Rep. Randy Feenstra (R-Iowa) chatted with Charles Symington, Big “I" senior vice president of external, industry and government affairs, about his experience as an independent agent, the value of InsurPac and more.
At the Big “I" Legislative Conference Emerging Leaders Luncheon on April 27 in Washington, D.C., Rep. Randy Feenstra (R-Iowa) chatted with Charles Symington, Big “I" senior vice president of external, industry and government affairs, about his experience as an independent agent, the value of InsurPac in catapulting emerging leaders into leaders and how Big "I" members can more effectively advocate for issues crucial to the independent agency channel.
The Emerging Leaders Luncheon kicked off the first in-person Big “I" Legislative Conference in three years. The event recognized “the achievements of our states and individual agents for their excellence in the political arena," Symington said. “But it's also to bring in those quintessential rising stars from Congress. We have a perfect example of one of those members today in Congressman Randy Feenstra."
As a former independent insurance agent, Rep. Feenstra credits the relationships he built when serving his local business community and from being a member of the Big “I" as essential for his work in politics.
As an insurance agent, building relationships with clients and businesses provided the foundations that “really perpetuated me to run for office," Rep. Feenstra told Symington. “I ran for county office, state office and the federal office. But then there's those people that surrounded me, from that small business to the families; they knew me and they trusted me, saying, 'Hey, look, he did a great job at the insurance agency. I trust him.' And that's how they advocated for me."
While serving in the Iowa state senate, Rep. Feenstra took on the challenge of running against incumbent Steve King for a seat in the U.S. House of Representatives. In the wake of King's widely-condemned remarks, Rep. Feenstra described how a colleague brought him into a conference room filled with a dozen Iowa businesses owners who asked him to run for the seat.
“That was a challenge taking on an incumbent," Rep. Feenstra said. But he noted he didn't take on the challenge alone. “I had all these relationships, especially with the Big 'I' and different agents."
“When you start running for federal office, those are all the people you need—you need those connectors," he said. “And the Big 'I' was one of the first organizations who supported me."
Both the clout of InsurPac and the Big I Iowa grassroots campaign propelled Rep. Feenstra into office as a voice for independent agents and small businesses. “We had agents financially supporting me, door knocking, getting involved," Rep. Feenstra said, adding that the Big “I" is “probably one of the best organizations for interconnectedness."
Rep. Feenstra and Symington reminisced about their first meeting when Rep. Feenstra came to Washington, D.C. to get InsurPac support. “Charles, it's so critical that you got in," Rep. Feenstra said. “You were one of my first meetings and I'll never forget that. The relationship and the bond we have today is just phenomenal."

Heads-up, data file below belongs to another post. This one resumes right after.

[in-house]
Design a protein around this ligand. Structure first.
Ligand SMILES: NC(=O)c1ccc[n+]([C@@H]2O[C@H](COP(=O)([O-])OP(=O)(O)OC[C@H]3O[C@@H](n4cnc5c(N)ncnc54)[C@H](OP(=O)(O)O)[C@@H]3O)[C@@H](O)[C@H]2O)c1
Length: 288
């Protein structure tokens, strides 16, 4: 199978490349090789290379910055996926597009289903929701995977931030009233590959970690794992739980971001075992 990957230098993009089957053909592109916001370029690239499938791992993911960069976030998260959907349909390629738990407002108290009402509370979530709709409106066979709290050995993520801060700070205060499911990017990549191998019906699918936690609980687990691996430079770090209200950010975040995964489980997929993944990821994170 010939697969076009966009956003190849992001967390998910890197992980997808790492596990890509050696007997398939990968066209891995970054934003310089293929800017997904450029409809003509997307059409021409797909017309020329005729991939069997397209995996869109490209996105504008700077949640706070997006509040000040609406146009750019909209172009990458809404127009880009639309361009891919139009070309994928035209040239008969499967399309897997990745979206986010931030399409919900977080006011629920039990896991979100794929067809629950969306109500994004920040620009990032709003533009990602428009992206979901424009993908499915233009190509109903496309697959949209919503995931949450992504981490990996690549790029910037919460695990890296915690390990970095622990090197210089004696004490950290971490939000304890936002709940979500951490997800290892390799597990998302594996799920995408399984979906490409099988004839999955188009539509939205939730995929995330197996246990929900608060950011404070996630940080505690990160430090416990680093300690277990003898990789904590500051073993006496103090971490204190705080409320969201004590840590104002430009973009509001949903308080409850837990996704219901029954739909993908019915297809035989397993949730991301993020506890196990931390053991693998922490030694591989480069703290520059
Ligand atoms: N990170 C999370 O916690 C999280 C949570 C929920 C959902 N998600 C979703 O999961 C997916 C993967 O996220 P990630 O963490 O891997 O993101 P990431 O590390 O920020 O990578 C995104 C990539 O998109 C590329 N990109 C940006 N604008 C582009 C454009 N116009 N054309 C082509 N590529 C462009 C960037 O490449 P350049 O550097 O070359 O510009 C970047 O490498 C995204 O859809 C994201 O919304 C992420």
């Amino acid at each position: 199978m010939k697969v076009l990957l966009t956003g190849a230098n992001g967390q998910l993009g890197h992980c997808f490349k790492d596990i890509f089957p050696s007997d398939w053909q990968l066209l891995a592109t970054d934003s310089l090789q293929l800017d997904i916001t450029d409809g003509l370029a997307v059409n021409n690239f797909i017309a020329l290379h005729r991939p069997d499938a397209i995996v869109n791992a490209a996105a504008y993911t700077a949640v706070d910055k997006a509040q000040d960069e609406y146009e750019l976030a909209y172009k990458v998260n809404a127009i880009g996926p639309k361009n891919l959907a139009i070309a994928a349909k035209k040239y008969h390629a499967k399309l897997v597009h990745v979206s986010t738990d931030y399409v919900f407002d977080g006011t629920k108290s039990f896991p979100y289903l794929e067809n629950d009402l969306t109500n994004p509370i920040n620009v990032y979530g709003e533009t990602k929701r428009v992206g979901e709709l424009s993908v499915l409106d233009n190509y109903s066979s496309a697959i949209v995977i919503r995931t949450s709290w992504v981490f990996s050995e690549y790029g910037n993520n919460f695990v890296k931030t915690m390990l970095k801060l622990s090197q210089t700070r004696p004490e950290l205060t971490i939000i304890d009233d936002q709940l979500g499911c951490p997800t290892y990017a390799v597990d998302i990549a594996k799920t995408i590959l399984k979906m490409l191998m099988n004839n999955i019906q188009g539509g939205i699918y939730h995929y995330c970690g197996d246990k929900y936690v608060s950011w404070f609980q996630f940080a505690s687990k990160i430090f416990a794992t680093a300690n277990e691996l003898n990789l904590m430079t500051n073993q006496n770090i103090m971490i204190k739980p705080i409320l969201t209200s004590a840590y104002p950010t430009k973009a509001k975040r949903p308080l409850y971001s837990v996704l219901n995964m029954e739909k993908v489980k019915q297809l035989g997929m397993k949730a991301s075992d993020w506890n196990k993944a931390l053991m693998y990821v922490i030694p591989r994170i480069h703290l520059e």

As far as priorities for his first term, “I sit on the agricultural committee," Rep. Feenstra said. “I have one of the largest agricultural communities in the country." Another key issue is producer price transparency, as well as managing the $30 trillion in national debt.
Looking ahead, a passion for Feenstra lies in the area of the House Committee on Ways and Means. “I was chair of Ways and Means in the Iowa Senate," he continued, pointing out that as a former small businesses owner, many issues discussed in the Ways and Means Committee impact not only agencies but the businesses they insure—from like-kind exchange to capital gains.
It's so important that we look at those things," Rep. Feenstra said. “And then you go downstream, whether it be trade—a lot of trade issues policies happen in Ways and Means—and then also health, most health policy happens in ways and means."
In his work on Capitol Hill, Rep. Feenstra partners closely with the Big “I" federal government affairs team. “We like to say that the Big 'I' plays above the rim when it comes to advocacy," Symington said, referencing the departments unrivalled three-prong advocacy approach: grassroots campaigns, InsurPac fundraising and the Big “I" government affairs team who are constantly working with Congress in the interests of independent agents and brokers.
As Legislative Conference attendees prepared to flock to Capitol Hill to speak to their congressional representatives on key issues for the independent agent system, Rep. Feenstra shared some wisdom for meeting strategies.
“We're all salespeople, right? Don't ever forget that. Especially when you get into a legislative office. It starts with building a relationship," he said, urging attendees to build relationship in their home state at their congressional representative's public town square meetings.
“But then you got to make the ask," Rep. Feenstra continued, saying he often encounters people who are afraid to make their perspectives clear. Rep. Feenstra emphasized that agents cannot be afraid to say, “'This is the policy right here. It's so important to our organization because X, Y and Z.' Then ask the question, 'Can I call on you to support this piece of policy?'"
Rep. Feenstra closed by thanking the luncheon attendants for being politically active. “I know many of you contribute to the PAC. I'm so very grateful," he said.
AnneMarie McPherson is IA news editor.